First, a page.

How do you fix a problem like Somalia?
This week, 52 heads of state are meeting at a conference in London to attempt a step-change in the international community’s approach to Somalia.
Since the collapse of the Mohamed Siad Barre regime in 1991, Somalia has been without a state. This is despite numerous attempts by the international community to reconstruct one.
In his Sussex Development lecture, IDS fellow Professor David Leonard examines the causes and consequences of statelessness in Somalia, and discusses routes back to security and stability.
Professor Leonard also analyses the causes of piracy originating in Somalia in the African Arguments Politics Now blog. He argues that piracy can only be solved by dealing with the flows of money that support it. Solutions cannot be found within Somalia alone.
Professor Leonard has written extensively on issues around governance in Somalia and has recently published a journal article on Somali piracy.
Rebuilding from the bottom-up
Somalia covers a huge area, is sparsely populated and encompasses a number of autonomous regions. Two of these regions, Puntland and Somaliland form 50% of the territory in Somalia. The governance structures that currently exist in Somalia reflect the pastoral livelihood systems of a population which is constantly on the move. Professor Leonard highlighted how governance is organised around dia-paying groups which are small groups made up of approximately 100 adult males. These groups provide security, protection and a degree of order. It is a relatively egalitarian system where nothing happens quickly because consensus is essential.
Professor Leonard highlighted how understanding and building upon this social fabric was fundamental to reconstructing the Somali state. He argued that this was something that the international community had failed to grasp in previous attempts at reconstruction, which have been characterised by a top-down approach. Any successful initiatives at state building in Somalia have been achieved through a bottom-up approach and Professor Leonard used the example of Somaliland to demonstrate this point. The creation of Somaliland took place over a number of years and involved a protracted set of negotiations between representatives of different clans.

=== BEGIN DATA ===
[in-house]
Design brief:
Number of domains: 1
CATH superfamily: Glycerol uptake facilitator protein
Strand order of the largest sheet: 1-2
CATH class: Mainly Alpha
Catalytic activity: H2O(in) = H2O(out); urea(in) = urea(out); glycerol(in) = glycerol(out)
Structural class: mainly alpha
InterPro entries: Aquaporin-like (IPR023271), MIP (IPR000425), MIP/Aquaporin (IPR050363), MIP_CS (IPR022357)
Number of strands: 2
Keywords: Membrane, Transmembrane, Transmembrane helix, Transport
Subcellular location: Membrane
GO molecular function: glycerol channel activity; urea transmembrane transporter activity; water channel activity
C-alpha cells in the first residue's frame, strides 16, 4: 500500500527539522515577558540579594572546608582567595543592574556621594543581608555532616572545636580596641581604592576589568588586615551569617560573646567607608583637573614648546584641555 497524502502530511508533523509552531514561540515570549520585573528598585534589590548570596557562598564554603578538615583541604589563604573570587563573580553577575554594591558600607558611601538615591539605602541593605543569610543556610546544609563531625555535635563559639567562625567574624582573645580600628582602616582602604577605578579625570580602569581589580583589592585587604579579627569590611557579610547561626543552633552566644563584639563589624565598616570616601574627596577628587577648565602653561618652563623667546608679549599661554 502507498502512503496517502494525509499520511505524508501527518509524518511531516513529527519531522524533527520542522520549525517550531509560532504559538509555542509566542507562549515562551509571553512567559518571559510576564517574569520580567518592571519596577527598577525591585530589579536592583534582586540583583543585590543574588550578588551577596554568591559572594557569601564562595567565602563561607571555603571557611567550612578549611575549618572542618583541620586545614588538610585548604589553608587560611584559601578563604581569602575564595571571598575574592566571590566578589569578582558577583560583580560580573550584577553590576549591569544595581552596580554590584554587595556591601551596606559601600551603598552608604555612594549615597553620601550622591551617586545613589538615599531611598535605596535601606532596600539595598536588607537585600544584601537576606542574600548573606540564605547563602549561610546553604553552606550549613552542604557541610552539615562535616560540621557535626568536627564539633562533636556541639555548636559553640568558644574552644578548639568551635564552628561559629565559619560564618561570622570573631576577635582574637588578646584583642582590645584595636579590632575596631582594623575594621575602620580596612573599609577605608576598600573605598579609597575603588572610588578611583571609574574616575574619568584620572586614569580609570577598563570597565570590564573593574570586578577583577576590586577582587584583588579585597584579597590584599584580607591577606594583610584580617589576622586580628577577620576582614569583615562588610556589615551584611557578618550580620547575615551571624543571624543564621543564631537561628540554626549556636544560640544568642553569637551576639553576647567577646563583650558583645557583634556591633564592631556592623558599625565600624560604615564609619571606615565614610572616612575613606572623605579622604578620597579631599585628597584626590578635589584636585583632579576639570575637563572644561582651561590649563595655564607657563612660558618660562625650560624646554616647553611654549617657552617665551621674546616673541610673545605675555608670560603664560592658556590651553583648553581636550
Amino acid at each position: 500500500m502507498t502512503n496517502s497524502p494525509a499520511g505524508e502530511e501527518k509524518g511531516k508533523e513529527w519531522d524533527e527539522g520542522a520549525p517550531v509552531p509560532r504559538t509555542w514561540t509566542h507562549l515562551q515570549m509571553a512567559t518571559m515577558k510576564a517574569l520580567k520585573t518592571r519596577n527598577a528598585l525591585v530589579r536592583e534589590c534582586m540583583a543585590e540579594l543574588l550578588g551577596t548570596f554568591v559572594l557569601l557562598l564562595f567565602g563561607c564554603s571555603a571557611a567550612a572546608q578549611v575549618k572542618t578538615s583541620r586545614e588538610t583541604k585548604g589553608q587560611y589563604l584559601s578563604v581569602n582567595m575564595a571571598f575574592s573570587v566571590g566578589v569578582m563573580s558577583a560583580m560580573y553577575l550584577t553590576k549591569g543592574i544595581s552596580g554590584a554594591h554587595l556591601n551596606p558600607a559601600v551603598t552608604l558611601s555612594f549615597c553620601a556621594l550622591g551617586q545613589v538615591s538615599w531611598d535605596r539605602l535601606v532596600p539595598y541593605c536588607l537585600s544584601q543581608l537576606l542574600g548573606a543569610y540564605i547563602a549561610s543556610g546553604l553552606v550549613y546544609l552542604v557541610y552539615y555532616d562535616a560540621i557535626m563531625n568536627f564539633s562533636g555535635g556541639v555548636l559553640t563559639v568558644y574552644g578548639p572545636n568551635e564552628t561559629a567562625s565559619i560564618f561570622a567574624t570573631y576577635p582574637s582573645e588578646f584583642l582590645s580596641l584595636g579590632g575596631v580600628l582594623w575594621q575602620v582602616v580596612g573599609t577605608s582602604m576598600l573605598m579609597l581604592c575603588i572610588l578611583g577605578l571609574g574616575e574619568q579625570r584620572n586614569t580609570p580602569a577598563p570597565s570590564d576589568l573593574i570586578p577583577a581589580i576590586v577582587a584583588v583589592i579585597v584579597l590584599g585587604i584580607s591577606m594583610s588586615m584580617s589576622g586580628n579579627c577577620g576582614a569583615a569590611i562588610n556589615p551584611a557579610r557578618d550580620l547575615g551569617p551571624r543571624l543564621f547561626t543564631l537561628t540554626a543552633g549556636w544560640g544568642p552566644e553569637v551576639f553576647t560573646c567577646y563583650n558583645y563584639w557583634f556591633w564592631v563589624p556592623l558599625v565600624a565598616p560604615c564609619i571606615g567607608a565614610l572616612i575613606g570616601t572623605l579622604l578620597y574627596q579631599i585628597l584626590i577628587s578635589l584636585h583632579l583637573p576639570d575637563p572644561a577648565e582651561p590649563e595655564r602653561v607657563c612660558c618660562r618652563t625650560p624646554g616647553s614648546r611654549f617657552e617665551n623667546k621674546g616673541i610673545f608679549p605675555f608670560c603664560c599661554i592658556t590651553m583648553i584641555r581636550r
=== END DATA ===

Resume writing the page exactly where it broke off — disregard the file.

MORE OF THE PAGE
Professor Leonard also proposed that a better understanding of the role that Islam plays in Somali societies is essential to developing a more successful approach to state building in Somalia. Islam provides a strong unifying force in Somalia, and previous attempts to unite Somalis around other forces such as nationalism, culture and language have failed. Commercial contracts in Somalia also tend to be enforced through Sharia courts. Islam and Islamic law are central to the way in which Somali societies are organised and have provided a degree of stability and security over the last twenty years. Recognition of this factor will be crucial to ensuring the success of future approaches to state reconstruction in the country.
Professor Leonard also argued that using mechanisms such as UN Trust Funds to provide assistance to those authorities that have established order in their local areas, no matter how small those territories and incomplete their coverage might be, could prove very effective in rebuilding order and security in the former territory of Somalia. It would mean that local efforts to create good governance could be rewarded and become contagious.
The piracy problem
Professor Leonard was clear that there were no shortcuts to rebuilding the state in Somalia and that tackling the separate problems of piracy and terrorism presented particular challenges for Somalia and the international community. Piracy off the coast of Puntland provides a significant income stream which has replaced revenues lost from the fishing industry. That industry has been damaged as a result of EU nations using waters off the coast to dump toxic waste. Piracy also outperforms taxes as a revenue generator. Given the sums of money involved and the fact that leaders of piracy groups are often based in Nairobi or further afield, it is unlikely that a solution to the problem will come from within Puntland.
Professor Leonard suggested that one possible answer to the piracy problem would be better coordination between NATO navies and commercial interests. The waters off Puntland are very heavily used by a large number of ships. Navies are only able to provide effective protection to ships if they are restricted to certain corridors. However there is currently no incentive for ships to stay within these particular corridors as insurance premiums cost less than the time and fuel expended to keep within specific 'safe' routes.
Professor Leonard also concluded that there was no clear solution to the problem of terrorism. Kenya and Ethiopia both have an interest in the issue being resolved, however Professor Leonard argued that military action by either country was unlikely to be successful. He also suggested that the efficacy of American use of drones to attack terrorist camps was uncertain. While this method metes out short term punishment, it does not offer a more positive long term solution. He suggested that acknowledgment by the international community of Islamist systems of governance in Somalia may enhance their ability to negotiate with Al Shabaab. However Professor Leonard acknowledged that this was by no means a cast-iron solution to addressing what is a complex and ongoing challenge.
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